KARNATAKA

State Police to have videoconference facility

BANGALORE Oct. 26. The State Police, after providing computers to all the police stations, have decided to set up a comprehensive videoconference facility. The facility, when fully implemented, will not only reduce the need for police officers from the districts to come to Bangalore to attend departmental conferences but also ensure faster and more efficient exchange of views.

Estimated to cost Rs. 1.5 crore, the videoconference facility is undergoing extensive testing at the State Crime Records Bureau (SCRB) premises here. The SCRB has been entrusted with the task of providing the facility and also technically evaluating it and monitoring its working.

The Additional Director-General of Police (SCRB), S.T. Ramesh, told The Hindu that videoconferencing facilities had been provided in all the 27 districts apart from other police units such as the Corps of Detectives (CoD).

While there are two videoconference units at the State Police Headquarters here on Nrupathunga Road, the office of the Commissioner of Police, Bangalore, and the office of the Superintendent of Police, Bangalore Rural District, have been given one unit each.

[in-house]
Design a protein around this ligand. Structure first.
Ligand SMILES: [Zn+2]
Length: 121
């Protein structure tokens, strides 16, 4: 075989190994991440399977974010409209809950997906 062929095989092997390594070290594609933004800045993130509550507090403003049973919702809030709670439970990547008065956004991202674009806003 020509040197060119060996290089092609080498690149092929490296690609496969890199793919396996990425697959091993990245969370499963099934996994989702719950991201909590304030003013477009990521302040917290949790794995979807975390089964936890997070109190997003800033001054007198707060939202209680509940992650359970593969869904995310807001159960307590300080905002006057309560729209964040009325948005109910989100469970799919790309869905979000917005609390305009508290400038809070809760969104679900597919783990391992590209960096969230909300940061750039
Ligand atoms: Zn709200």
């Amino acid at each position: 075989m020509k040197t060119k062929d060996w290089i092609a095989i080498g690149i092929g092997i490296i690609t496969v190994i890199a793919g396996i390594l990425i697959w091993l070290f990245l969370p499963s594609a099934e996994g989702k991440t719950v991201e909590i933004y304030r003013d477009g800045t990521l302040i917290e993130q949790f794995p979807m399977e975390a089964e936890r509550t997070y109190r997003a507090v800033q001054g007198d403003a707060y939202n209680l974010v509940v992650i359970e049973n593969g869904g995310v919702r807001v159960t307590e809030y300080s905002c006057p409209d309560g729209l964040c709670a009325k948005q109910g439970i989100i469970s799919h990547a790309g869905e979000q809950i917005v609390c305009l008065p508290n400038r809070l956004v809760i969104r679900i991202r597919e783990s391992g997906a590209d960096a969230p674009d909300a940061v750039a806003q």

The commissionerates of Mysore and Hubli-Dharwad have also been given the facility. At any given time, a senior police officer, including the Director-General and Inspector-General of Police, can talk to 16 Superintendents of Police (SPs) simultaneously.

Dwelling on the benefits of videoconference, Mr. Ramesh said any senior police officer could talk to the SPs about an incident or progress of a case and hold review meetings. The facility would not only save the Police Department money but also ensure that cases were monitored more closely.

Now, a police officer has to be physically present before his senior to discuss the progress of a case or convey the information through wireless, telephone, or telex.

Karnataka is one of the few States that have not only modernised its police force but also kept pace with the changes in information technology. The State was the first to provide computers to all the 809 police stations and other police units and it is also, perhaps, the first to install a videoconference facility.

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